Materials science Depiction of two "Fullerene Nano-gears" with multiple teeth. Materials science, also commonly known as materials engineering, is an interdisciplinary field applying the properties of matter to various areas of science and engineering. This relatively new scientific field investigates the relationship between the structure of materials at atomic or molecular scales and their macroscopic properties. History[edit] Before the 1960s (and in some cases decades after), many materials science departments were named metallurgy departments, from a 19th and early 20th century emphasis on metals. Fundamentals[edit] The basis of materials science involves relating the desired properties and relative performance of a material in a certain application to the structure of the atoms and phases in that material through characterization. The manufacture of a perfect crystal of a material is currently physically impossible. Not all materials have a regular crystal structure. Classes of materials[edit] [edit]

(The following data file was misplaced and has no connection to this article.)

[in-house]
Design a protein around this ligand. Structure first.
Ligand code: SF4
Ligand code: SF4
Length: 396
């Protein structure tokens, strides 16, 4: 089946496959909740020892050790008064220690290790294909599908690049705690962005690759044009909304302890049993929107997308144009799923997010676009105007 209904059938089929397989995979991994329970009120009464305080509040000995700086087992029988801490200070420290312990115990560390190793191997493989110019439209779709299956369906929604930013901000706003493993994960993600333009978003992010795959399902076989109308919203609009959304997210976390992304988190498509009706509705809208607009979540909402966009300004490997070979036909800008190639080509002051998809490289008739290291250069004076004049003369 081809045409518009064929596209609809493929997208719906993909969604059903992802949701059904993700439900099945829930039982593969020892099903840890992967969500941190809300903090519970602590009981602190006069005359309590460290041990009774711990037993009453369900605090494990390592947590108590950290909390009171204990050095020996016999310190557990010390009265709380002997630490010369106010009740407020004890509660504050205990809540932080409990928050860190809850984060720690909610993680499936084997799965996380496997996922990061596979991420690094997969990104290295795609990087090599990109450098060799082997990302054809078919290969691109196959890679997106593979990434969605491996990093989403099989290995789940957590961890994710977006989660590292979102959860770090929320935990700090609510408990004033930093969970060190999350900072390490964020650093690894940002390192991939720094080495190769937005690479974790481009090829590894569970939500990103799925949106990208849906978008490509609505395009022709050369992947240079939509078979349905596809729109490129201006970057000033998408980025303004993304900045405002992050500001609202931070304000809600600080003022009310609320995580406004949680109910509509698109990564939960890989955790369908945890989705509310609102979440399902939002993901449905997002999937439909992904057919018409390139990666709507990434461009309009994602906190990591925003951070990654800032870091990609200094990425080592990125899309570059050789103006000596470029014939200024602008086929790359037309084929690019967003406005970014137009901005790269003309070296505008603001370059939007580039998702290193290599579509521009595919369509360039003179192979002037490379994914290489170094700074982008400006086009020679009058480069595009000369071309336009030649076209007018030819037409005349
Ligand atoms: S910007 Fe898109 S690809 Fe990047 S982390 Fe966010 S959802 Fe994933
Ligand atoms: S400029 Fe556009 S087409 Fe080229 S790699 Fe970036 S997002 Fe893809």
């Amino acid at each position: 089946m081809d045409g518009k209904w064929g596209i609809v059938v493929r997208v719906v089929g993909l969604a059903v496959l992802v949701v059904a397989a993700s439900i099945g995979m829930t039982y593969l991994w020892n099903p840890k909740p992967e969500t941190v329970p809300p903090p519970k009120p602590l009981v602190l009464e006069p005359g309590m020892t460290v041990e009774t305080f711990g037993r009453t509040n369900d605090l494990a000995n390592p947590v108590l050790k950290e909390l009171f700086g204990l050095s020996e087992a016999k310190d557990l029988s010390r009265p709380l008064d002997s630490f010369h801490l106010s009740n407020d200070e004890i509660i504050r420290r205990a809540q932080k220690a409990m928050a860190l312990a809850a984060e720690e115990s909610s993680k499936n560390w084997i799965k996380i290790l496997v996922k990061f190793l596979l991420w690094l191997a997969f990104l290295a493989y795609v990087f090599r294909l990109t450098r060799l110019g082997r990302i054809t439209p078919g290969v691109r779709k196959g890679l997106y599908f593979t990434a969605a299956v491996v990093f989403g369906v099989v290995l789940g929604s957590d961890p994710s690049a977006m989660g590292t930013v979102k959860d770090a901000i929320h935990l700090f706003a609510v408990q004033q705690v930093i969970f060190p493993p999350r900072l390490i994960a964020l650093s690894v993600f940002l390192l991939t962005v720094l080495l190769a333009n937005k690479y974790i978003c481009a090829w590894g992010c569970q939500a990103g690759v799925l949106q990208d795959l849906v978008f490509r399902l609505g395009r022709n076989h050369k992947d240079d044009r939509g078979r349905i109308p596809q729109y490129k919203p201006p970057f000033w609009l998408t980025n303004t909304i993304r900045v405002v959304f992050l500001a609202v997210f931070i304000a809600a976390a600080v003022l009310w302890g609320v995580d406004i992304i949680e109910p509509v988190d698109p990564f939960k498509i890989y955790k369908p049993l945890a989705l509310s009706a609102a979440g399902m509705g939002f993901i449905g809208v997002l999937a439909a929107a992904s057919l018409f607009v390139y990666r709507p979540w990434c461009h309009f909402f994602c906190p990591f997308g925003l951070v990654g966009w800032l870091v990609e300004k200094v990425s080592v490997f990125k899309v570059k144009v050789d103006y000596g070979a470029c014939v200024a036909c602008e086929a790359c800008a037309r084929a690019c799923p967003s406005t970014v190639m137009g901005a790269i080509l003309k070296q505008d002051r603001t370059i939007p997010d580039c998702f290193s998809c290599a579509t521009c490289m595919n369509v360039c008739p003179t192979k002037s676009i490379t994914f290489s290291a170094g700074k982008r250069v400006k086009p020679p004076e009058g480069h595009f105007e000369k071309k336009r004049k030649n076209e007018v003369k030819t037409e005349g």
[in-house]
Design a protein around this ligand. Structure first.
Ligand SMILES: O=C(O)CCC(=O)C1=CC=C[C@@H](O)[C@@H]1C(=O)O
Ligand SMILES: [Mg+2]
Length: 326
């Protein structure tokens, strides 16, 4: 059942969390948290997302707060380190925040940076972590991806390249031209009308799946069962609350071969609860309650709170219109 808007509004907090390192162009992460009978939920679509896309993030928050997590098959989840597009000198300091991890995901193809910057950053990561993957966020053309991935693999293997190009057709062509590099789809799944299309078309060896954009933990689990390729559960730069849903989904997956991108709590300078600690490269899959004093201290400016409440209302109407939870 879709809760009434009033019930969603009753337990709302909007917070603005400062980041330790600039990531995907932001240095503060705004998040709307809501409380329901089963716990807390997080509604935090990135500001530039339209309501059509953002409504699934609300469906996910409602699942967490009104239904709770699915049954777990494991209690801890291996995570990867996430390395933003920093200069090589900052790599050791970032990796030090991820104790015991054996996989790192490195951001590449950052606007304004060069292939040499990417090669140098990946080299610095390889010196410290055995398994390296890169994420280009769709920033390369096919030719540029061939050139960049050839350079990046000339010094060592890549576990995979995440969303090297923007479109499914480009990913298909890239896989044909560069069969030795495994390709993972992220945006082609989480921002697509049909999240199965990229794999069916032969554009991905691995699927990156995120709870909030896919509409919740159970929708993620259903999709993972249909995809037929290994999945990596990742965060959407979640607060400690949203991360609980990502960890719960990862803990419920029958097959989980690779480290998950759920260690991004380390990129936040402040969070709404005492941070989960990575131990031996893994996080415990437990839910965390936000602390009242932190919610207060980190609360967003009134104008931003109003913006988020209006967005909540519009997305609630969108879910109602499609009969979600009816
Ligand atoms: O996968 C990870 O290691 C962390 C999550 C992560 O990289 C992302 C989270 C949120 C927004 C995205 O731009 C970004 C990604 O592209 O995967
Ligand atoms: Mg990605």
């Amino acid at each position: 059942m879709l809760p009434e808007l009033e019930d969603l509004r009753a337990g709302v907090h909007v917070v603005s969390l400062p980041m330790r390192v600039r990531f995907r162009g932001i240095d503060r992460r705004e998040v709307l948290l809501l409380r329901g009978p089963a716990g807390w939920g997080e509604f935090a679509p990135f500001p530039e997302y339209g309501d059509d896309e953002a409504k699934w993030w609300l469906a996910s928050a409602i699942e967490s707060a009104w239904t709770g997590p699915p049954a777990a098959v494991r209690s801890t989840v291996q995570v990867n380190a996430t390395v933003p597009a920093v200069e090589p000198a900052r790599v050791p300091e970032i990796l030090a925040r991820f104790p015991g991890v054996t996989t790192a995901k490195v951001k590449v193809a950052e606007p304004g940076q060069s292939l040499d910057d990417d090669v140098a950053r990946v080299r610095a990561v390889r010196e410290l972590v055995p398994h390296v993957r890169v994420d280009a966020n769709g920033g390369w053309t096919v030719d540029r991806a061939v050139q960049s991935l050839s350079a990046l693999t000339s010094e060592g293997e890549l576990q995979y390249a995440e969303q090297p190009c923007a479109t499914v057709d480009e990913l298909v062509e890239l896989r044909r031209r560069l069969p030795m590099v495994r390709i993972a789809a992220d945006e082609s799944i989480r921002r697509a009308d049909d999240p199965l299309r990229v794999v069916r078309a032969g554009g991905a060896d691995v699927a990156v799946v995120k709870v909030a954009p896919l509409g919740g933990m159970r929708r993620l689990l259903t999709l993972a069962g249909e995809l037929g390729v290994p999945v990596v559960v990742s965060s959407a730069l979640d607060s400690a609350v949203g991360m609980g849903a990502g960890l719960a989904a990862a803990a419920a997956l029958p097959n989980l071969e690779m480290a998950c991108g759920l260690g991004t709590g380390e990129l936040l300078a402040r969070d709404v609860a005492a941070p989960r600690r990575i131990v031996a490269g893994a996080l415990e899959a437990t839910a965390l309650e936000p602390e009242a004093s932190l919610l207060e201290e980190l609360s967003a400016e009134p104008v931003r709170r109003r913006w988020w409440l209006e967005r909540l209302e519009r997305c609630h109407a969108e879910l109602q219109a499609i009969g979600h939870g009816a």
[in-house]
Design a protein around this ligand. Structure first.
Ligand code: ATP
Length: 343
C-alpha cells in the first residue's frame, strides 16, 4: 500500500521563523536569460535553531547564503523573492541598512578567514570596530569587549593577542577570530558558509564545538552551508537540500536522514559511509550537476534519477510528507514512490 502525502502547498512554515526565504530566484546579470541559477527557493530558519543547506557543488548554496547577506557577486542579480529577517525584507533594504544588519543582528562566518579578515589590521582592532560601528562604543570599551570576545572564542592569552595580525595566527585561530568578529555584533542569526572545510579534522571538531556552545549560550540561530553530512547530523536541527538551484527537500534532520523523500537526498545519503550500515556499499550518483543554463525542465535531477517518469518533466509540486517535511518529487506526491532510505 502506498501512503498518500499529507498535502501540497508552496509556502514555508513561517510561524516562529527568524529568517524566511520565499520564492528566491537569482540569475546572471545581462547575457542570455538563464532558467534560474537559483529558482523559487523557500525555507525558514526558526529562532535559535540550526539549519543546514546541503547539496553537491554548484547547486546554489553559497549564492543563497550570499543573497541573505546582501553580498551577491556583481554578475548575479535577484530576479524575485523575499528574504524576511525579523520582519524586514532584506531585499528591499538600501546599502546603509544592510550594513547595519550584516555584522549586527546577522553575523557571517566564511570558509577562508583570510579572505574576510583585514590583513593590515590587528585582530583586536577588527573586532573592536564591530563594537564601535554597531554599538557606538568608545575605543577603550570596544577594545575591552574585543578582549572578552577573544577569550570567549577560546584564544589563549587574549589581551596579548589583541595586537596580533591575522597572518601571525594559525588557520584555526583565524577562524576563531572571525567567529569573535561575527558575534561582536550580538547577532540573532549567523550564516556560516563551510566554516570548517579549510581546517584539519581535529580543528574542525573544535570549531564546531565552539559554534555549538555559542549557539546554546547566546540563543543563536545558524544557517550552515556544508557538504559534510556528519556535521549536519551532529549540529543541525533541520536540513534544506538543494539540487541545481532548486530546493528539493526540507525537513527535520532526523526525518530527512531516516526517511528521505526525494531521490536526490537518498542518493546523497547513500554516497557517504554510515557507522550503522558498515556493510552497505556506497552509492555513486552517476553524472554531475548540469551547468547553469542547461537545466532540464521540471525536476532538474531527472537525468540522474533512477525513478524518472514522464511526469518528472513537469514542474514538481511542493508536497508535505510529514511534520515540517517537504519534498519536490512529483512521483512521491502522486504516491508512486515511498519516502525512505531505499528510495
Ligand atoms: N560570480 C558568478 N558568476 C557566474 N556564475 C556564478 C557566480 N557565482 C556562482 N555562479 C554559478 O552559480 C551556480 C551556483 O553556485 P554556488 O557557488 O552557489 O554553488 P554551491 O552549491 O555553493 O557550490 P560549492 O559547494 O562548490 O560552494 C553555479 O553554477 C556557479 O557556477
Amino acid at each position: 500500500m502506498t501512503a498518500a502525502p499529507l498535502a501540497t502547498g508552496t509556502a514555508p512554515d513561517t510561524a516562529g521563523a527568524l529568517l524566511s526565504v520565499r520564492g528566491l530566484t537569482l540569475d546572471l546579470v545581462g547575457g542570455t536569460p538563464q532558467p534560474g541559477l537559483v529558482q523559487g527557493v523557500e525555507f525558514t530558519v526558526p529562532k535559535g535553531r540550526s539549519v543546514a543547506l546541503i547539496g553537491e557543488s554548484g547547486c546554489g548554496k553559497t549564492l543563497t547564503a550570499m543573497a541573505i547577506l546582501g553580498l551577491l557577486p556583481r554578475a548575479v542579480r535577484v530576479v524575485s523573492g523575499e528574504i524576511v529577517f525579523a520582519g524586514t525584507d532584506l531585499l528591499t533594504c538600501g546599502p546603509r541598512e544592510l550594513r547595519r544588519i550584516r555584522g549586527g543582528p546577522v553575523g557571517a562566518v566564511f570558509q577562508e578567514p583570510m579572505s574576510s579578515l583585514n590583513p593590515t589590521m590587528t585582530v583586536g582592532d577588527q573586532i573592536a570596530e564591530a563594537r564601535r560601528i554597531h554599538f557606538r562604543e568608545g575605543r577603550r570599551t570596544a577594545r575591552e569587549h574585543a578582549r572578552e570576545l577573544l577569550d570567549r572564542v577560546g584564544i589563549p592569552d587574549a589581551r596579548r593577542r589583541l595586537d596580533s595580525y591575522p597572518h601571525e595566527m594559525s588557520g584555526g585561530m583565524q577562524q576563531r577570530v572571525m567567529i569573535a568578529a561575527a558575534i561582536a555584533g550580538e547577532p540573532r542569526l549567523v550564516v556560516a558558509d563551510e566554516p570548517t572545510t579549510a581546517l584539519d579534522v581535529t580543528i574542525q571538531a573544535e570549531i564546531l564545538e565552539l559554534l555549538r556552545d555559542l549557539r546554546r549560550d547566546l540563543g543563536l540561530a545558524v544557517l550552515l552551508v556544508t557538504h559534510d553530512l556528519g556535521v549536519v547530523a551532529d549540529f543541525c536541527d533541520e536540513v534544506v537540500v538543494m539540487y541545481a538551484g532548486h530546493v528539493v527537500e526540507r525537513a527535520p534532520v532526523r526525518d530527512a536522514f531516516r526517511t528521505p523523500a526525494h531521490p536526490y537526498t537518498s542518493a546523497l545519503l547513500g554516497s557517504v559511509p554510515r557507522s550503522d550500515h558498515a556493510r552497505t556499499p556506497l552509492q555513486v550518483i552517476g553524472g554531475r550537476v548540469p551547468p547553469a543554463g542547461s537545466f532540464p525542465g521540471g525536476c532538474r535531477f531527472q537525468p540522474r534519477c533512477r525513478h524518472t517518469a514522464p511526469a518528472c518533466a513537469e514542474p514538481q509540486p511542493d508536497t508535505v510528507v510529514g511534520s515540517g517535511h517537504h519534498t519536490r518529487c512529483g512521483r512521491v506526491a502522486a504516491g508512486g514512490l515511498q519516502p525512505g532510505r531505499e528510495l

Astrochemistry Astrochemistry is the study of the abundance and reactions of chemical elements and molecules in the universe, and their interaction with radiation.[citation needed] The discipline is an overlap of astronomy and chemistry. The word "astrochemistry" may be applied to both the Solar System and the interstellar medium. Spectroscopy[edit] One particularly important experimental tool in astrochemistry is spectroscopy, the use of telescopes to measure the absorption and emission of light from molecules and atoms in various environments. Infrared astronomy has also revealed that the interstellar medium contains a suite of complex gas-phase carbon compounds called polyaromatic hydrocarbons, often abbreviated PAHs or PACs. Infrared astronomy has also been used to assess the composition of solid materials in the interstellar medium, including silicates, kerogen-like carbon-rich solids, and ices. Research[edit] See also[edit] References[edit] External links[edit]